Chief Hug Officer is a real title
Social shopper media company, Collective Bias recently penned a press release1 announcing their Chief Social Marketing Officer (CSMO) would be adding “Chief Hugs Officer,” or CHO to his business cards.
“No, CHO does not mean I’m the official ‘hug giver’ at Collective Bias,” said Rubin. “It’s an extension of our culture and my philosophy of Return on Relationship, or always finding opportunities to metaphorically hugs/embrace your customers.”
According to Rubin, in his role as CHO he will be responsible for developing, implementing and maintaining and sharing the hug-your-customer-mentality throughout the company.
Is the pendulum done swinging yet?
If you’ve been on the internet for more than five minutes, you likely know someone who has given themselves titles like “Chief Ninja Officer,” or “CMO – Chief Maven Officer,” and so forth. They’re worthy of being mocked, but are indicative of a social media era of fun buzzwords and self-appointed titles that should be a joke or nickname, but are actually used as peoples’ real titles. On their business cards.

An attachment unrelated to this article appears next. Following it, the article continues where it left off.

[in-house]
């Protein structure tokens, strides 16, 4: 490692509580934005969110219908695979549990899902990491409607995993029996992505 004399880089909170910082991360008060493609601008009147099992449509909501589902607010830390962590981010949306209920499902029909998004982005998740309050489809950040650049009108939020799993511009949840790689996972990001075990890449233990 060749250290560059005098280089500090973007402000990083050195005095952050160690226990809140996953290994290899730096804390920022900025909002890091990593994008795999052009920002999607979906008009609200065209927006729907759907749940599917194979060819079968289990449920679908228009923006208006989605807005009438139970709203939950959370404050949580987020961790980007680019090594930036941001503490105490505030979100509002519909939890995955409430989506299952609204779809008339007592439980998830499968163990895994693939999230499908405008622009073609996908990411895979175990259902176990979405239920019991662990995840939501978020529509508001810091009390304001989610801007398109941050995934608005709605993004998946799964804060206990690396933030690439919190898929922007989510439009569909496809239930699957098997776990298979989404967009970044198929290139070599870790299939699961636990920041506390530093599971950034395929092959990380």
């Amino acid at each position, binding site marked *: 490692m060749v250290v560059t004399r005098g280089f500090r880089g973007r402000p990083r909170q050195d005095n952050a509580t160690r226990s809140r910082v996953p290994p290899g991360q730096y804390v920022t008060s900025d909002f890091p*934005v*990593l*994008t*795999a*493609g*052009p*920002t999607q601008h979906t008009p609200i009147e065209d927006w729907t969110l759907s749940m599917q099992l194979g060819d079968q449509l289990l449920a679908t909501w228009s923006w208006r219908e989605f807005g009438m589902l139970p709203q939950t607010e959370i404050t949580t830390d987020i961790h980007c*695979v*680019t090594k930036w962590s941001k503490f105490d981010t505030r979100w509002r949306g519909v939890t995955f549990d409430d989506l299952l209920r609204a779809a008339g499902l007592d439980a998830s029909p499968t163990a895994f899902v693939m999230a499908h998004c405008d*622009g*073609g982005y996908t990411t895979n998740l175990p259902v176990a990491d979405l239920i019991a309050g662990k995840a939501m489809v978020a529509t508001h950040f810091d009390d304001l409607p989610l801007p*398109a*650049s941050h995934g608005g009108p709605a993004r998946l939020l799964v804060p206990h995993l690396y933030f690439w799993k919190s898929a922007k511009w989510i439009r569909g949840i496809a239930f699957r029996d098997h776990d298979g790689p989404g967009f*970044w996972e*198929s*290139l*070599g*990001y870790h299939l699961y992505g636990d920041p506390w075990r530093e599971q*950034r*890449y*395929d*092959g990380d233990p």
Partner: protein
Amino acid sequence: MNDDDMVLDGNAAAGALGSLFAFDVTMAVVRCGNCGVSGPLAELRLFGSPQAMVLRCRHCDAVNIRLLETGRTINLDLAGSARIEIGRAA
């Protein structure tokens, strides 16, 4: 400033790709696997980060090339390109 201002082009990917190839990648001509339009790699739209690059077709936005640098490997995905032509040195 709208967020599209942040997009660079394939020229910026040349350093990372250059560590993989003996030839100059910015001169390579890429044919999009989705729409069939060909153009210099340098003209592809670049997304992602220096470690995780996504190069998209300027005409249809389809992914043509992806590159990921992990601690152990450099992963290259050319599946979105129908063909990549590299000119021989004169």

But we’re hearing more frequently about respected individuals like Rubin looking to spice things up and evangelize their role, glorifying it with enthusiastic-sounding words, but has the “movement” gone too far? I would say it has gone too far, but moreover, it is surprising that the overly clever ninja/maven/hug title would spread its tentacles into a real office with real executives who sit in real chairs and do real jobs rather than being abused by unemployed sales people who know how to sign others up for Twitter and are self-appointed experts that know everything about branding, marketing, advertising, public relations, social media, graphic design, coding, human behavior, psychology, consumerism, history, philosophy, science, math, and so on… you get the idea.
Hopefully, this marks that the pendulum has swung from stale, boring executives unwilling to talk with underlings to the social media era of gurus, senseis, ninjas, and huggers. And we all know that when the pendulum has swung all the way to one end, it must come down, and with it, perhaps the marketing and social media world will find some middle ground between gimmicky titles and traditional titles, allowing professionals like the well-respected Rubin to present their role as in line with the company’s culture without invoking images of a creepy gym coach hugging you in the middle school locker room for too long.